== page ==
A man has been ordered to have his dog destroyed after he gave it to a friend in an attempt to save its life.
Neil Swepson (48), of Beaumont Walk, Leicester, appeared at Leicester Magistrates’ Court charged with “making a gift of a fighting dog” and was given an 18-week jail term, suspended for two years.
He was also ordered to pay an £80 victim surcharge and banned from keeping dogs for 10 years. He must also pay £125 to have the pitbull terrier, named Spot, destroyed.
Liz Dodds, prosecuting, admitted it was an exceptional case, but said the law was clear about the ownership of animals prohibited under the Dangerous Dogs Act.
She said: “It’s a rather unusual offence, but it is an offence to give away a dangerous dog.”
Swepson had tattooed the animal and had had it castrated, micro-chipped and insured, as required by the Act.
However, when the opportunity arose for his three-year-old son to come back to live with him, Swepson was told by social services the animal must go and he gave it to a friend.
The only alternative was to have it destroyed.
But when the new owners decided they did not want the dog any more, they contacted the police and the officers traced Spot back to Swepson.
In mitigation, Swepson said: “I accept I gave the dog away, but it’s because social services said if I wanted to get my little boy back I’d have to get rid of the dog.
“I’d have Spot back tomorrow, but my son comes first.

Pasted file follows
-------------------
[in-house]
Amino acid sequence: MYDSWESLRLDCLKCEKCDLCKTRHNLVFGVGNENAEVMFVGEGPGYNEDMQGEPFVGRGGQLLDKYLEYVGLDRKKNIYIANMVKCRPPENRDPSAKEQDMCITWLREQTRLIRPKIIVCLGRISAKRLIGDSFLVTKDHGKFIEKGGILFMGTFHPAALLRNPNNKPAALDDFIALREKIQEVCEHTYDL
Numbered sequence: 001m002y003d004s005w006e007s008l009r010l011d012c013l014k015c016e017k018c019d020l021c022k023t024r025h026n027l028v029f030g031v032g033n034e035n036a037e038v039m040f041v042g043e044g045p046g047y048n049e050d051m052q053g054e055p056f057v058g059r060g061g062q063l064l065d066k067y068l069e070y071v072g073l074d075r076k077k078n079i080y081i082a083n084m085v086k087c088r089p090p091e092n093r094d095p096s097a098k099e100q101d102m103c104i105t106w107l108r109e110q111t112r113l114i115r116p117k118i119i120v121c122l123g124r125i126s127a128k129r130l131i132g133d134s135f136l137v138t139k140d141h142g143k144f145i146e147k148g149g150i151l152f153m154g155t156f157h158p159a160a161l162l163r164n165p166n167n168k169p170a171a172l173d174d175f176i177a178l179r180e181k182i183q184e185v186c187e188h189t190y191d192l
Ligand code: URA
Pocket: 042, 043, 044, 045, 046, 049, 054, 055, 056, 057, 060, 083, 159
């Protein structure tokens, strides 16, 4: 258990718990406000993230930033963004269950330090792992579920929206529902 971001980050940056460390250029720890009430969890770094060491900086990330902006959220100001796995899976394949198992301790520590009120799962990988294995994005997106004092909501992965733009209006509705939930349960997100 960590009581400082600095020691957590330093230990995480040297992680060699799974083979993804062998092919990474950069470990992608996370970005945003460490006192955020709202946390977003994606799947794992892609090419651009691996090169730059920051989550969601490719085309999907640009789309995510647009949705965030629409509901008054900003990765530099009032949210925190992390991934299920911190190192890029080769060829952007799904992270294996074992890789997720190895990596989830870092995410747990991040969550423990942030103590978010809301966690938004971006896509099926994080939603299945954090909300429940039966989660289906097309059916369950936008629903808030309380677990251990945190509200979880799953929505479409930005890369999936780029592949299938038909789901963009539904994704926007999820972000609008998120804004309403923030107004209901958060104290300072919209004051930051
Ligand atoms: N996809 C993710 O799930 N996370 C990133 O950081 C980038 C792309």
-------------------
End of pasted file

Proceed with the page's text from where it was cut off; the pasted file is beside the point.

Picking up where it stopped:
“I’m very sorry I gave him away and that it has come to this.”
Passing sentence, magistrate Judith Wray said Swepson knew what he was doing when he handed over the pet to its new owner last October.
She said: “We are not accepting your mitigation and have come to the conclusion that this falls into the most serious category because you gave the dog away knowing it to be prohibited.”
Spot has been in police kennels since it was discovered on April 1 he was living with another family. He will be put down after July 23, to give Swepson time to appeal. The police have already run up a bill of about £1,000 by keeping the dog at the undisclosed site.
Pc Hazel Fossey, who dealt with the case, was also at the hearing.
She said: “It’s a unique case. We had to look at the Act to see exactly what it said about gifting a dangerous dog. But when you take responsibility for owning a dangerous dog, there are certain strict guidelines to follow and you have to understand you can’t bend these rules.
“These dogs kill and those laws are there for a reason.”
Under the 1991 Act, it is illegal to own any specially- controlled dogs without an exemption certificate.
It relates to four breeds – pitbulls, Japanese tosas, dogo argentinos and fila brasileiros.
The dogs must be muzzled and kept on a lead in public. They must also be registered, insured, neutered, tattooed and microchipped.
The Act also bans the breeding, sale and exchange of these dogs.